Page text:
Policewoman with Irish passport says UK Border Force refused her job application
A POLICEWOMAN from Belfast has told how the UK Border Force refused to accept her job application because she had an Irish rather than a British passport.
She was turned away despite challenging officials on why only UK passport holders could apply – and even cited the Good Friday Agreement.
The officer said she was "very disappointed", and does not believe the criteria was an "error" as described by the British government.
Last week the Home Office removed criteria restricting new Brexit jobs to only British passport holders amid mounting pressure after the policy was exposed by The Irish News.
Political parties on both sides of the Irish border raised concerns, while the Equality Commission issued a warning on grounds of fair employment legislation.
The Home Office apologised and said more than 1,000 posts – including 21 based in Belfast – will be re-advertised without the UK passport requirement.
It said the criteria was an "error" and application packs should simply have asked people for any valid passport.
However, email correspondence seen by The Irish News shows an applicant raised the issue last November about a post during an earlier recruitment drive – and was told she could not apply.
The policewoman, an Irish passport holder, had questioned why she was ineligible even though she is able to work for a police force in England.
She also explained that she is a UK citizen and, being from Northern Ireland, she is entitled to hold either a British or Irish passport or both as a result of the Good Friday Agreement.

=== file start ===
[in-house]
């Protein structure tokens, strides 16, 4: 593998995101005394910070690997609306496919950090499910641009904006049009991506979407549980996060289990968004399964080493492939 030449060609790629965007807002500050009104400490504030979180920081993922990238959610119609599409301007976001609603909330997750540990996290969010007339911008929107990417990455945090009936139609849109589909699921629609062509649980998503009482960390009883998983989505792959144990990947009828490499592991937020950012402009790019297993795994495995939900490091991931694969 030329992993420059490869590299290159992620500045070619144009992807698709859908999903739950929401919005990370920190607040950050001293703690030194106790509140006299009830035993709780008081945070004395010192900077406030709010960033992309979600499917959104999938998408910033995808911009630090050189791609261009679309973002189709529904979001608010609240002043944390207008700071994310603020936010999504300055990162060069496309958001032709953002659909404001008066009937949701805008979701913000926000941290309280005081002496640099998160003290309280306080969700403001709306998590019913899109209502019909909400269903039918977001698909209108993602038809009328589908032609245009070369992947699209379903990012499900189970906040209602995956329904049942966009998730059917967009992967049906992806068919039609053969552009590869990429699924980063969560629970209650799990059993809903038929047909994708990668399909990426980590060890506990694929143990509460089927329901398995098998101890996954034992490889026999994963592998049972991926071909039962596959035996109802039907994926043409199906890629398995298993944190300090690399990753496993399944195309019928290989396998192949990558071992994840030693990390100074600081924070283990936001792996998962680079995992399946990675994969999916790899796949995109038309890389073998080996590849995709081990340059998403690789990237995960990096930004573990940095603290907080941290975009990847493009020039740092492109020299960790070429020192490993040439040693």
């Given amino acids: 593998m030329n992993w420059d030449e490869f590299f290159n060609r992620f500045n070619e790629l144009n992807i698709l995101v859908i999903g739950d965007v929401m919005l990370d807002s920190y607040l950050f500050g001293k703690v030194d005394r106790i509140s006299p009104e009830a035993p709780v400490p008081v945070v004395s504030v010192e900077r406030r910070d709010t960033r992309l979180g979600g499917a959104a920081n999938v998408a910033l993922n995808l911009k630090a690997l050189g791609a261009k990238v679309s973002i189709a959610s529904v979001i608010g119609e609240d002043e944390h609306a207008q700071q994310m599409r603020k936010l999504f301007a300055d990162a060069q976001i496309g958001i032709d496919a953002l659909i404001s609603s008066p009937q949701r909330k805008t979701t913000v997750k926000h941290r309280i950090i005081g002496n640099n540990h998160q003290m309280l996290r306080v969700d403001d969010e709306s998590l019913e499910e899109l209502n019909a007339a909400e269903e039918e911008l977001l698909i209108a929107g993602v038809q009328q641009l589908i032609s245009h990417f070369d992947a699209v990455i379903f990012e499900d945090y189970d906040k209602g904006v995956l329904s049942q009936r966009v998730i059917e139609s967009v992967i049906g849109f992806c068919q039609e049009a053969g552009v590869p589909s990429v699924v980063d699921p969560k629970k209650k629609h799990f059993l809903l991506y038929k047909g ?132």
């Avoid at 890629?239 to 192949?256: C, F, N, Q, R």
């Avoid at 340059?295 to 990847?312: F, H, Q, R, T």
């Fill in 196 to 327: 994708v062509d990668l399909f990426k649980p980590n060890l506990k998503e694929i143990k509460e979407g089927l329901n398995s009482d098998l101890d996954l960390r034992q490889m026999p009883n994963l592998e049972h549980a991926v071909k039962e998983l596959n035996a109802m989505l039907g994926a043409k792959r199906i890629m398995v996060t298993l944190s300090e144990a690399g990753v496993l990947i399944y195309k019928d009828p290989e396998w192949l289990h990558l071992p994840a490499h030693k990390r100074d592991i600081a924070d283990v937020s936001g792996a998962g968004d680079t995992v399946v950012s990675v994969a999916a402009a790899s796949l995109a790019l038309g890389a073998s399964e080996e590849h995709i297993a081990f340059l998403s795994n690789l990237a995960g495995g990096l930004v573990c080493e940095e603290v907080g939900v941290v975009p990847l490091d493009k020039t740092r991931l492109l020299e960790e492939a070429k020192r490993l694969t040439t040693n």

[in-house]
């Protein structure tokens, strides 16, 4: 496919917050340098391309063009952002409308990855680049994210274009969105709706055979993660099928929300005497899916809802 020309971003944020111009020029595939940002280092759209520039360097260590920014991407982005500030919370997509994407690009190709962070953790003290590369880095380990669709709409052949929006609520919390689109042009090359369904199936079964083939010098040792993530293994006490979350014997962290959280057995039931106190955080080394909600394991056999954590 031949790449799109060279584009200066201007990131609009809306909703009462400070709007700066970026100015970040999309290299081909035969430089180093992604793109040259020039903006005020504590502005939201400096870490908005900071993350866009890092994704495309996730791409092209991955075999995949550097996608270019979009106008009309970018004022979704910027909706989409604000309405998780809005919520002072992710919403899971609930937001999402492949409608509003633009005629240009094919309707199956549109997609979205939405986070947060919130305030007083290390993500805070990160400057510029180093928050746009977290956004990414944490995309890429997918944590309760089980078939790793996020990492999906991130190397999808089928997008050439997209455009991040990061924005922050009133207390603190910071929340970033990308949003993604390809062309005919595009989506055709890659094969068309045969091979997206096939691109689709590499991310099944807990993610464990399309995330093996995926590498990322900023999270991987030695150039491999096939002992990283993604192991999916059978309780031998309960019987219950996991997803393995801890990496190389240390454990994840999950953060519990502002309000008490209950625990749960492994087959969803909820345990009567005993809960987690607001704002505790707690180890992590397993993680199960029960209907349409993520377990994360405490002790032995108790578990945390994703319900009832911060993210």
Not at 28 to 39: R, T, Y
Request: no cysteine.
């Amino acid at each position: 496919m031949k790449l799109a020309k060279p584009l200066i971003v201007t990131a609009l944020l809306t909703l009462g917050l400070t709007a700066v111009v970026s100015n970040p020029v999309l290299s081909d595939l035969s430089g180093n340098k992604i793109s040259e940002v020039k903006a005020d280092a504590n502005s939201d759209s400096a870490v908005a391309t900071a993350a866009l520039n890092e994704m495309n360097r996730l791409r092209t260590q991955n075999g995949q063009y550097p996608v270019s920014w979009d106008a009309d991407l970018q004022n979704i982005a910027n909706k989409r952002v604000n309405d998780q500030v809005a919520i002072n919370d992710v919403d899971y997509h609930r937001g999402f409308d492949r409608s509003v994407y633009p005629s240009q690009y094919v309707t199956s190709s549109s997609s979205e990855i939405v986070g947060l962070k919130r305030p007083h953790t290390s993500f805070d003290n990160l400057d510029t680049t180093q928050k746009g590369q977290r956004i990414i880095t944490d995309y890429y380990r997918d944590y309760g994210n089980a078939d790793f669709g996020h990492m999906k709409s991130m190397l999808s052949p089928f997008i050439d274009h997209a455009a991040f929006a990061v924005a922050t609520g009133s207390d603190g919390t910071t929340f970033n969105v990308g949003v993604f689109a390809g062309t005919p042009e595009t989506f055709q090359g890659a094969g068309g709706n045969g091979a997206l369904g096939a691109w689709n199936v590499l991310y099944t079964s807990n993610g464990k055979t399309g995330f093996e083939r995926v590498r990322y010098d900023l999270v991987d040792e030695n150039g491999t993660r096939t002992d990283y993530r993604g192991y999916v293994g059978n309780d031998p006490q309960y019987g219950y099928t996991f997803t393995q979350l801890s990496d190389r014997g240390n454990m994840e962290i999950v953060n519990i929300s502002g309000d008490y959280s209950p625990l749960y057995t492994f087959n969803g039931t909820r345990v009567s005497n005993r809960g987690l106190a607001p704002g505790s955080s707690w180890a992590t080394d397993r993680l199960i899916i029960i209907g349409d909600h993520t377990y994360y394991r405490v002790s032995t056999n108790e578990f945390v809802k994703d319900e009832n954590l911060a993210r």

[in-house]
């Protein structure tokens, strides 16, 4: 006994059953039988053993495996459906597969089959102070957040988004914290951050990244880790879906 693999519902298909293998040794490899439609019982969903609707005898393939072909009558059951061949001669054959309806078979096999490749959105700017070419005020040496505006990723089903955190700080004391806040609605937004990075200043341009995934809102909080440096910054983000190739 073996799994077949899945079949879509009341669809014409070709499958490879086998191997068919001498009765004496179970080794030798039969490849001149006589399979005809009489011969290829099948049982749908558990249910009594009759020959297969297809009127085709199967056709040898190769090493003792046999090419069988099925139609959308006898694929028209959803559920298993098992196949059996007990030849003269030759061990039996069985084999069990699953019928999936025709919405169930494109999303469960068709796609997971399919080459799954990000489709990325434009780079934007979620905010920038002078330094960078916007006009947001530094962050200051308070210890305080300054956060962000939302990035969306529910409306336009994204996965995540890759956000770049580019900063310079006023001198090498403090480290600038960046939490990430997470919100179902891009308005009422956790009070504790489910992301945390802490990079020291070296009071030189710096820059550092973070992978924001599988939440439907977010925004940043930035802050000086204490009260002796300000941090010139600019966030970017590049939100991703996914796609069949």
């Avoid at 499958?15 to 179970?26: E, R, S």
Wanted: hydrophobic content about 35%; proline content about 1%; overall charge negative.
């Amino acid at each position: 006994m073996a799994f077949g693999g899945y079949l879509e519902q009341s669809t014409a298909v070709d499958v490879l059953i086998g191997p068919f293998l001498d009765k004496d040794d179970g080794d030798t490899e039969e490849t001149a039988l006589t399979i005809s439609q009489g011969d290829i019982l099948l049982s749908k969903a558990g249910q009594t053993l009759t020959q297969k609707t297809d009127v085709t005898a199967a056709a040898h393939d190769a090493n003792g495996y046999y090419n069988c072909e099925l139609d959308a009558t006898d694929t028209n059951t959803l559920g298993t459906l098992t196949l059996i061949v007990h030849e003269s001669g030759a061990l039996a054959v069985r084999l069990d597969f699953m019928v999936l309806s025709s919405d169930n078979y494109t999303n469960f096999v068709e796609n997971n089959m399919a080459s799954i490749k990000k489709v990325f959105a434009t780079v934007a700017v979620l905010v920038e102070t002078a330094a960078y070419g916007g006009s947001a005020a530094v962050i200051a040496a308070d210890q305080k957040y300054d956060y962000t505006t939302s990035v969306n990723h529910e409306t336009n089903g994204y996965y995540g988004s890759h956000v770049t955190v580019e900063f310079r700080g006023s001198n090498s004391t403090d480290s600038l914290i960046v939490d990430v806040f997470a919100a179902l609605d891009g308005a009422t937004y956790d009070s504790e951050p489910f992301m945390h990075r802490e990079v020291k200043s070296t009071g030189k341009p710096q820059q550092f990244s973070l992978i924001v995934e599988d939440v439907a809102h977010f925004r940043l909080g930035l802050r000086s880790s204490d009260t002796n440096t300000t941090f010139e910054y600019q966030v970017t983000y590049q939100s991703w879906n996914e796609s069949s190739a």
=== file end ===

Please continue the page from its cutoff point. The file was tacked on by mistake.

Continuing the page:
Responding, a Border Force official said they sought "further clarity from the Home Office HR team" but the position remained the same.
"We can confirm that as this is a reserved post, all candidates must hold a full UK passport in order to apply," they wrote.
The policewoman (29), who did not wish to be named, said she had applied for a Northern Ireland-based mobile officer role "as an opportunity to go home" and "couldn't understand why" she was considered ineligible.
"I thought if I asked them about it, it could be rectified but it wasn't. I was just very disappointed," she said.
"I sent it in writing, citing the Good Friday Agreement and telling them about my current role and that it's highly vetted, and they just responded saying Irish nationals can't apply because it's a reserved post."
She said she won't be re-applying, but is glad the issue has been resolved for future applicants.
"But I don't believe it was an error. I challenged it with them and they didn't rectify it at the time," she added.
Border Force, which deals with immigration and customs checks, is advertising the new posts in preparation for the UK leaving the European Union – fuelling fears of a hard border.
The jobs are regarded as 'reserved posts', which under British government civil service rules means "only UK nationals may be employed".
The SDLP's Claire Hanna, the party's Brexit spokesperson, branded the U-turn a "border farce" and "yet another example of the UK simply not understanding or caring enough about the different and specific impact of Brexit on Northern Ireland".
The British and Irish governments and the EU all insist they want to avoid a 'hard border' on the island of Ireland.
The Home Office was asked about the policewoman's experience, and how many new Border Force posts have already been filled under the 'UK passports only' criteria before it was dropped, but it did not respond.